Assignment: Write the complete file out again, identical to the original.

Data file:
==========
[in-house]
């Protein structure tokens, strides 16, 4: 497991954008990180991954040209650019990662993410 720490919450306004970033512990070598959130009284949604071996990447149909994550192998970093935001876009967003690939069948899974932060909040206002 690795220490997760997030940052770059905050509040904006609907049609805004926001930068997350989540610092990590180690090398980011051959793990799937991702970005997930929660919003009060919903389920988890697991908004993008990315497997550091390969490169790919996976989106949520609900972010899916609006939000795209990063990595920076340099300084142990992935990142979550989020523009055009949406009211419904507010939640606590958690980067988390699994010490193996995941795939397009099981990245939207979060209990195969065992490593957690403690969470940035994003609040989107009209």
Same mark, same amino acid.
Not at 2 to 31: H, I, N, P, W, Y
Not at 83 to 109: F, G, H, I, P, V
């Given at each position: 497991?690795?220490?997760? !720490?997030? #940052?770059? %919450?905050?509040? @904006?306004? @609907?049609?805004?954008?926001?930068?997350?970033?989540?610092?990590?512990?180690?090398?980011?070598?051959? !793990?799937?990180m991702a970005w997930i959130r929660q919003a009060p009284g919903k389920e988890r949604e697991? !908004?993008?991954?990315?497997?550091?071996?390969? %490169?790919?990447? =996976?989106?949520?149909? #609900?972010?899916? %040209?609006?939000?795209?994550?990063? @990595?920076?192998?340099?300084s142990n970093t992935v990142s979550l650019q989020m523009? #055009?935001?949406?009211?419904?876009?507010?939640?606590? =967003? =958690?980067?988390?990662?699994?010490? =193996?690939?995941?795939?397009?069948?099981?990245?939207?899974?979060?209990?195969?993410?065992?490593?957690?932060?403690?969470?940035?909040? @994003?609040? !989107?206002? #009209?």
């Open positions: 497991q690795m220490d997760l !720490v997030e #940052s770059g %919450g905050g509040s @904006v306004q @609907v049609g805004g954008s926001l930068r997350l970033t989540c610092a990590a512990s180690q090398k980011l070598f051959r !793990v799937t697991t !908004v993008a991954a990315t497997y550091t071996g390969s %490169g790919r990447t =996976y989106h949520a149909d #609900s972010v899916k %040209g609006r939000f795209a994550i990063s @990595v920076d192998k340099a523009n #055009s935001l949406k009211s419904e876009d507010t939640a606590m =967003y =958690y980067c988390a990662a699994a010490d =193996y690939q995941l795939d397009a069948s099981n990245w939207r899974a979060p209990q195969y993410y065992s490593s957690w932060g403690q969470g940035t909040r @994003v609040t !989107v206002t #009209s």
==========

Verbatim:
[in-house]
């Protein structure tokens, strides 16, 4: 497991954008990180991954040209650019990662993410 720490919450306004970033512990070598959130009284949604071996990447149909994550192998970093935001876009967003690939069948899974932060909040206002 690795220490997760997030940052770059905050509040904006609907049609805004926001930068997350989540610092990590180690090398980011051959793990799937991702970005997930929660919003009060919903389920988890697991908004993008990315497997550091390969490169790919996976989106949520609900972010899916609006939000795209990063990595920076340099300084142990992935990142979550989020523009055009949406009211419904507010939640606590958690980067988390699994010490193996995941795939397009099981990245939207979060209990195969065992490593957690403690969470940035994003609040989107009209």
Same mark, same amino acid.
Not at 2 to 31: H, I, N, P, W, Y
Not at 83 to 109: F, G, H, I, P, V
């Given at each position: 497991?690795?220490?997760? !720490?997030? #940052?770059? %919450?905050?509040? @904006?306004? @609907?049609?805004?954008?926001?930068?997350?970033?989540?610092?990590?512990?180690?090398?980011?070598?051959? !793990?799937?990180m991702a970005w997930i959130r929660q919003a009060p009284g919903k389920e988890r949604e697991? !908004?993008?991954?990315?497997?550091?071996?390969? %490169?790919?990447? =996976?989106?949520?149909? #609900?972010?899916? %040209?609006?939000?795209?994550?990063? @990595?920076?192998?340099?300084s142990n970093t992935v990142s979550l650019q989020m523009? #055009?935001?949406?009211?419904?876009?507010?939640?606590? =967003? =958690?980067?988390?990662?699994?010490? =193996?690939?995941?795939?397009?069948?099981?990245?939207?899974?979060?209990?195969?993410?065992?490593?957690?932060?403690?969470?940035?909040? @994003?609040? !989107?206002? #009209?």
């Open positions: 497991q690795m220490d997760l !720490v997030e #940052s770059g %919450g905050g509040s @904006v306004q @609907v049609g805004g954008s926001l930068r997350l970033t989540c610092a990590a512990s180690q090398k980011l070598f051959r !793990v799937t697991t !908004v993008a991954a990315t497997y550091t071996g390969s %490169g790919r990447t =996976y989106h949520a149909d #609900s972010v899916k %040209g609006r939000f795209a994550i990063s @990595v920076d192998k340099a523009n #055009s935001l949406k009211s419904e876009d507010t939640a606590m =967003y =958690y980067c988390a990662a699994a010490d =193996y690939q995941l795939d397009a069948s099981n990245w939207r899974a979060p209990q195969y993410y065992s490593s957690w932060g403690q969470g940035t909040r @994003v609040t !989107v206002t #009209s």